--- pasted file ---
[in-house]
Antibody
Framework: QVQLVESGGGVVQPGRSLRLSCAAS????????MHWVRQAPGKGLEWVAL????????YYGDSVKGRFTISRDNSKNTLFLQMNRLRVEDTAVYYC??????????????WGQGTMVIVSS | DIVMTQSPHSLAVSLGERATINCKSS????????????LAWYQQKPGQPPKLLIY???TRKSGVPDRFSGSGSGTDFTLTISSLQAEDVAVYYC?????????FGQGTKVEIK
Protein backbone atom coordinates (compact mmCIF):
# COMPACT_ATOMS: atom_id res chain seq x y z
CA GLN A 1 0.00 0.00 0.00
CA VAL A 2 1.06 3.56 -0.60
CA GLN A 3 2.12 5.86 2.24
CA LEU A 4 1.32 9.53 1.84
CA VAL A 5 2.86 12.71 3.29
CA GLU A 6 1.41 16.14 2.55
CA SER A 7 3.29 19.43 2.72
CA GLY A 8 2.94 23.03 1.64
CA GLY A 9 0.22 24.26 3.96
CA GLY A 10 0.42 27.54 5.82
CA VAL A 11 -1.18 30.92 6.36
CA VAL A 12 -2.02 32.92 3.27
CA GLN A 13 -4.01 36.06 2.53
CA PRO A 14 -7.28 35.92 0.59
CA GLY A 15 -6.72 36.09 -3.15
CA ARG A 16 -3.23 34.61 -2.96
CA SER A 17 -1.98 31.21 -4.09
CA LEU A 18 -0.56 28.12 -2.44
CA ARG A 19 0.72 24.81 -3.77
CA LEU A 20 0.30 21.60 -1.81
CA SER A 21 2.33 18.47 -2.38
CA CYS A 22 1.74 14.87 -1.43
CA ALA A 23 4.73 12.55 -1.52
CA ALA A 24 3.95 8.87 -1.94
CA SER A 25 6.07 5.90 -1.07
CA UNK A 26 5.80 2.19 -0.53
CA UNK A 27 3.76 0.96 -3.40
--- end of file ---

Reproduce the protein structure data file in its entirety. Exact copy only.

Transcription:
[in-house]
Antibody
Framework: QVQLVESGGGVVQPGRSLRLSCAAS????????MHWVRQAPGKGLEWVAL????????YYGDSVKGRFTISRDNSKNTLFLQMNRLRVEDTAVYYC??????????????WGQGTMVIVSS | DIVMTQSPHSLAVSLGERATINCKSS????????????LAWYQQKPGQPPKLLIY???TRKSGVPDRFSGSGSGTDFTLTISSLQAEDVAVYYC?????????FGQGTKVEIK
Protein backbone atom coordinates (compact mmCIF):
# COMPACT_ATOMS: atom_id res chain seq x y z
CA GLN A 1 0.00 0.00 0.00
CA VAL A 2 1.06 3.56 -0.60
CA GLN A 3 2.12 5.86 2.24
CA LEU A 4 1.32 9.53 1.84
CA VAL A 5 2.86 12.71 3.29
CA GLU A 6 1.41 16.14 2.55
CA SER A 7 3.29 19.43 2.72
CA GLY A 8 2.94 23.03 1.64
CA GLY A 9 0.22 24.26 3.96
CA GLY A 10 0.42 27.54 5.82
CA VAL A 11 -1.18 30.92 6.36
CA VAL A 12 -2.02 32.92 3.27
CA GLN A 13 -4.01 36.06 2.53
CA PRO A 14 -7.28 35.92 0.59
CA GLY A 15 -6.72 36.09 -3.15
CA ARG A 16 -3.23 34.61 -2.96
CA SER A 17 -1.98 31.21 -4.09
CA LEU A 18 -0.56 28.12 -2.44
CA ARG A 19 0.72 24.81 -3.77
CA LEU A 20 0.30 21.60 -1.81
CA SER A 21 2.33 18.47 -2.38
CA CYS A 22 1.74 14.87 -1.43
CA ALA A 23 4.73 12.55 -1.52
CA ALA A 24 3.95 8.87 -1.94
CA SER A 25 6.07 5.90 -1.07
CA UNK A 26 5.80 2.19 -0.53
CA UNK A 27 3.76 0.96 -3.40